The first new piece of writing from Rowling landed on Pottermore this morning, which focuses on the 14th to the 17th century. Here, she reveals the relationship between European, African, and Native American wizards and witches that began at least as early as the Middle Ages—centuries before anyone “discovered” America on a ship.
They could apparate to one another, fly across the Atlantic by broom, or speak with premonitions and visions, so communicating between countries was never a huge issue. It was through those means that the magical communities discovered that they were very similar in regards to how magical blood spread (or appeared) and the attitudes they took towards Muggles and No-Majs, and it suggests that there was a tolerance between magical cultures, falling in line with the state of 1920s New York.
.@ridd1kulus No, there was mutual respect and a sense of kinship between all wizards, no matter what their race.— J.K. Rowling (@jk_rowling) March 8, 2016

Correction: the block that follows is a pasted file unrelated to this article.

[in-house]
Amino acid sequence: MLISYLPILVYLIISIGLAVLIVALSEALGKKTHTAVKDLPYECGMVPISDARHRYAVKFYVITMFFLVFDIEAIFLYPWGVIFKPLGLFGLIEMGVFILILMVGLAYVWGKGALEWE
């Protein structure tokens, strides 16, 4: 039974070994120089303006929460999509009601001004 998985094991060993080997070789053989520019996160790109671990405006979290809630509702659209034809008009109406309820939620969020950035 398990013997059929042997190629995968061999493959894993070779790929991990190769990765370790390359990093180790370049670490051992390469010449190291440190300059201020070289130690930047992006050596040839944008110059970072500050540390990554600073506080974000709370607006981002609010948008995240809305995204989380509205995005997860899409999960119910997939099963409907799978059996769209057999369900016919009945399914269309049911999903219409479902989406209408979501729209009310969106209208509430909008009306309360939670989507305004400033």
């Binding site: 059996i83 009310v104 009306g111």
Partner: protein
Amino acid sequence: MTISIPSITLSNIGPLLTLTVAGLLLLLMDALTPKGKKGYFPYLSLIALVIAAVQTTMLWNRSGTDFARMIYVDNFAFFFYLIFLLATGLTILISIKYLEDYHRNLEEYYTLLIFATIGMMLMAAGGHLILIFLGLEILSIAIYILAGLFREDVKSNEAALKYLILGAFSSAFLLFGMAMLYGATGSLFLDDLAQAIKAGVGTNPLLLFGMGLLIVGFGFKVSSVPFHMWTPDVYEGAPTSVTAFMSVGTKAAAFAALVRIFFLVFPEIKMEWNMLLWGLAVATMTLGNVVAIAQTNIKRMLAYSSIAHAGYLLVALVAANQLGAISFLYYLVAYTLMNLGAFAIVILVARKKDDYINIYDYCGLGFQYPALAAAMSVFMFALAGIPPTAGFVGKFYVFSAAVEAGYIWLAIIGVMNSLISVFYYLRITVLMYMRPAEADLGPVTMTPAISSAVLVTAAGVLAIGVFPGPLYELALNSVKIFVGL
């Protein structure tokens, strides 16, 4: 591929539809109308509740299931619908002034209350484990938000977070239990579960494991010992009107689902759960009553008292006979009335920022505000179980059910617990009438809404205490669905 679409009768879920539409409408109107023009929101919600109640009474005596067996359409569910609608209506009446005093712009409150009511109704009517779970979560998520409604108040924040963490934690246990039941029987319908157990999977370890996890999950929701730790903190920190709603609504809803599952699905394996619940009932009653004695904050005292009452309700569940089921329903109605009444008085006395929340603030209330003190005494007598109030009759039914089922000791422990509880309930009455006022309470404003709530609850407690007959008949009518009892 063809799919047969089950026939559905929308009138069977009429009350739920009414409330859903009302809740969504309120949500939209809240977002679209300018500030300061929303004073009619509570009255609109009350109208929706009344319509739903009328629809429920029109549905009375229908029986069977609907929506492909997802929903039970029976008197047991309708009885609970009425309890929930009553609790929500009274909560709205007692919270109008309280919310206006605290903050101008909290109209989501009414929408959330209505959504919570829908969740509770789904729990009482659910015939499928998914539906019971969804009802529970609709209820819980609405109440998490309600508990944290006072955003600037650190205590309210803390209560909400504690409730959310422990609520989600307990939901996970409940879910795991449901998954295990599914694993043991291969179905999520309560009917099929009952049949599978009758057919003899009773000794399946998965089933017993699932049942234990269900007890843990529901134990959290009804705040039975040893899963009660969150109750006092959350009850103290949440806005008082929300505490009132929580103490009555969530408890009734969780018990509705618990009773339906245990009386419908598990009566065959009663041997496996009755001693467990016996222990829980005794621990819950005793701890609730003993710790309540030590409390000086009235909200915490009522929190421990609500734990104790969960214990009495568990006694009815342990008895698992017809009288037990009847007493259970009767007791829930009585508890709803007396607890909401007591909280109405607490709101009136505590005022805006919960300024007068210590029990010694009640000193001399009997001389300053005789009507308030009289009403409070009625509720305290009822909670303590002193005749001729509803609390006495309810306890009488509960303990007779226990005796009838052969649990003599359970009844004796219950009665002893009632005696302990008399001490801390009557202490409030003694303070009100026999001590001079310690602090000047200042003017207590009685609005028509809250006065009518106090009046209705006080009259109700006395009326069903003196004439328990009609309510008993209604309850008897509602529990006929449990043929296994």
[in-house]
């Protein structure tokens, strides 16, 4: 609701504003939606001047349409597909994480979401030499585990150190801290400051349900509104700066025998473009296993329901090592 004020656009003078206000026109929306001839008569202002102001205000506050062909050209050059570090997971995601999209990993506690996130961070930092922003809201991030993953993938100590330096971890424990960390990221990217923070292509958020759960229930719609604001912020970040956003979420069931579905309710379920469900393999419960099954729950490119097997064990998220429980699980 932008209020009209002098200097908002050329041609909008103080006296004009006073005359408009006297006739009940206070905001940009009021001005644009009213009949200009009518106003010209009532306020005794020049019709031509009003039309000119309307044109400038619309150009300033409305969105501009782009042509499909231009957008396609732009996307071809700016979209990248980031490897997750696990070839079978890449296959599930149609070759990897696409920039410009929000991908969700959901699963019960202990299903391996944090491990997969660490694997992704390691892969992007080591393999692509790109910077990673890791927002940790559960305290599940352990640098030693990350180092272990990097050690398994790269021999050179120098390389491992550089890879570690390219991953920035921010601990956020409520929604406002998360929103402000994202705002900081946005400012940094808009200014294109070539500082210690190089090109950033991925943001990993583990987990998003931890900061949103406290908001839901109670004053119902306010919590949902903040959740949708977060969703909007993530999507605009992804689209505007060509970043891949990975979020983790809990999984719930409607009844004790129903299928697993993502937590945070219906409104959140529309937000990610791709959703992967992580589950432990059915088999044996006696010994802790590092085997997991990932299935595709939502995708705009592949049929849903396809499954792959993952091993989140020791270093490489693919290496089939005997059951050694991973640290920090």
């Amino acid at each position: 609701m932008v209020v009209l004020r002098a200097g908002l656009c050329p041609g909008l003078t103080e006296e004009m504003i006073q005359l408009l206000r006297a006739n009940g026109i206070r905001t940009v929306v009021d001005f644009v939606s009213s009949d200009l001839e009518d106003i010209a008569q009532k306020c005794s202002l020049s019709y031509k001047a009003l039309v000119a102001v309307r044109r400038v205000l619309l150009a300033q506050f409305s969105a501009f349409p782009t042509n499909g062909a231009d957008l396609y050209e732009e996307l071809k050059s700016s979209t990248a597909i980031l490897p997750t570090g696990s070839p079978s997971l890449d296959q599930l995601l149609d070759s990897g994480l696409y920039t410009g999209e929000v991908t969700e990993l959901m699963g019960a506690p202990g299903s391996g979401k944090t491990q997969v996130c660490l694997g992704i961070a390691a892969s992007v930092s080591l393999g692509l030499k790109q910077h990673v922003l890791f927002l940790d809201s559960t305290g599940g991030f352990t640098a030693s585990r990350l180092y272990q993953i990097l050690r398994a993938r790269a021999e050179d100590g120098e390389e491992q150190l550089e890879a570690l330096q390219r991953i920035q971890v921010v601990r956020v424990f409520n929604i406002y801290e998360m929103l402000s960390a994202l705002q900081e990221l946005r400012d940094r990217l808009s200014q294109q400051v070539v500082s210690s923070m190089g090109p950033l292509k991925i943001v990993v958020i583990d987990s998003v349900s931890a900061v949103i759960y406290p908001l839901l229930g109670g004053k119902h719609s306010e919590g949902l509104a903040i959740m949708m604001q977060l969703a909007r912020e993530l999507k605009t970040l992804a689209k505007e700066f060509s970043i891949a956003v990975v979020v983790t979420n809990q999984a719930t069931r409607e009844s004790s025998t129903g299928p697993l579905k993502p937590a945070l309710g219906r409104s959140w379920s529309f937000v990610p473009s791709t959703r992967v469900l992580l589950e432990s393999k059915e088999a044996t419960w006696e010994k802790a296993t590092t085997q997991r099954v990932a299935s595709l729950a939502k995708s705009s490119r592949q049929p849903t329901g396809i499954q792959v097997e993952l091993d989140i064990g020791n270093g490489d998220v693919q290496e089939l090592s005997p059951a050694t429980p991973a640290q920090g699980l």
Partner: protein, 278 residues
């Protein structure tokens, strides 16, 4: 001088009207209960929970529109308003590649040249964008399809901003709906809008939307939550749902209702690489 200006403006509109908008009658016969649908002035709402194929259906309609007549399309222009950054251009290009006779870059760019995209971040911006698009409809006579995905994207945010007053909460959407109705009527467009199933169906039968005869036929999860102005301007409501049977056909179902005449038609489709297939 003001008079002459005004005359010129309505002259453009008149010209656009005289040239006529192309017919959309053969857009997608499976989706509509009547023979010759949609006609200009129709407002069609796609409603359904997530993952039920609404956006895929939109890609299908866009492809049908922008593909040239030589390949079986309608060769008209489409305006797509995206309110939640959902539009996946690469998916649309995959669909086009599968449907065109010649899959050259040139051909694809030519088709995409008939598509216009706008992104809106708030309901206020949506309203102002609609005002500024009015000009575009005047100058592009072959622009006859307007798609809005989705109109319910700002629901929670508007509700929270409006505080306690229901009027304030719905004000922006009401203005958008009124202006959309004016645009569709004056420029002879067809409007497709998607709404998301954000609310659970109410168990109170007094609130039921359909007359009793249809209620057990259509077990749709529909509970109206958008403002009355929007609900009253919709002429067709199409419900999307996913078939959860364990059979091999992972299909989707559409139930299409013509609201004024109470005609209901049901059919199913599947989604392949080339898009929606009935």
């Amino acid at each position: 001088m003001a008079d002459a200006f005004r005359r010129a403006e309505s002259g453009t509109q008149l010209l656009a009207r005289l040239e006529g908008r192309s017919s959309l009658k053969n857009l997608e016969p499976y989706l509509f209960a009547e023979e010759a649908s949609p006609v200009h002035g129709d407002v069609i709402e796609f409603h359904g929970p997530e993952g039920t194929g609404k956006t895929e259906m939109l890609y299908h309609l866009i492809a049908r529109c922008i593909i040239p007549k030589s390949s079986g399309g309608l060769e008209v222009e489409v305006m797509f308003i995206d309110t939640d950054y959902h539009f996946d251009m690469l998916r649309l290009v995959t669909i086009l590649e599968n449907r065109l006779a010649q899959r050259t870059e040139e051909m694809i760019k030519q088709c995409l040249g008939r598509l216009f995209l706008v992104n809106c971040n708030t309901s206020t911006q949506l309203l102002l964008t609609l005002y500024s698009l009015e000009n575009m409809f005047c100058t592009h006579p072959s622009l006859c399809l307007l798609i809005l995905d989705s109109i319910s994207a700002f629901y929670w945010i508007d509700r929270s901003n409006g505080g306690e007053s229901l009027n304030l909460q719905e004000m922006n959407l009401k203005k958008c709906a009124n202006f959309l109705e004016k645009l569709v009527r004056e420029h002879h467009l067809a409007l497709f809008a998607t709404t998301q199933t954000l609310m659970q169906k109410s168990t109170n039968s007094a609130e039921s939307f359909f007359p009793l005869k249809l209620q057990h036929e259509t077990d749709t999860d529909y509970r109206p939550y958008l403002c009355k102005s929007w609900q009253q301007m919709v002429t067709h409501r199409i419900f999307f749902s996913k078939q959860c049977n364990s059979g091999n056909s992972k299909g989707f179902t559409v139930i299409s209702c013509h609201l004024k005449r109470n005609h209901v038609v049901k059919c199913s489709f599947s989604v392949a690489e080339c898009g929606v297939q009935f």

Native American witches and wizards shared a gift for wandless magic like their African counterparts. Wands were a European invention.
.@bluesrgt Yes, nearly all wizards use wands, which makes magic easier to channel. Wandless magic is sophisticated and takes more talent.— J.K. Rowling (@jk_rowling) March 8, 2016
Depending on the tribe, some members of the Native American magical community were shunned for their abilities while others were applauded, and according to Rowling, some of them were gifted hunters and healers.
But as often happens, the skills associated with Animagi—a rare skill in the modern-day magical world—were twisted into a dark legend by No-Majs afraid of being exposed as frauds.
.@Weasley_dad In my wizarding world, there were no skin-walkers. The legend was created by No-Majes to demonise wizards.— J.K. Rowling (@jk_rowling) March 8, 2016
You can read Rowling’s latest writing on Pottermore.
Screengrab via Entertainment Weekly/Facebook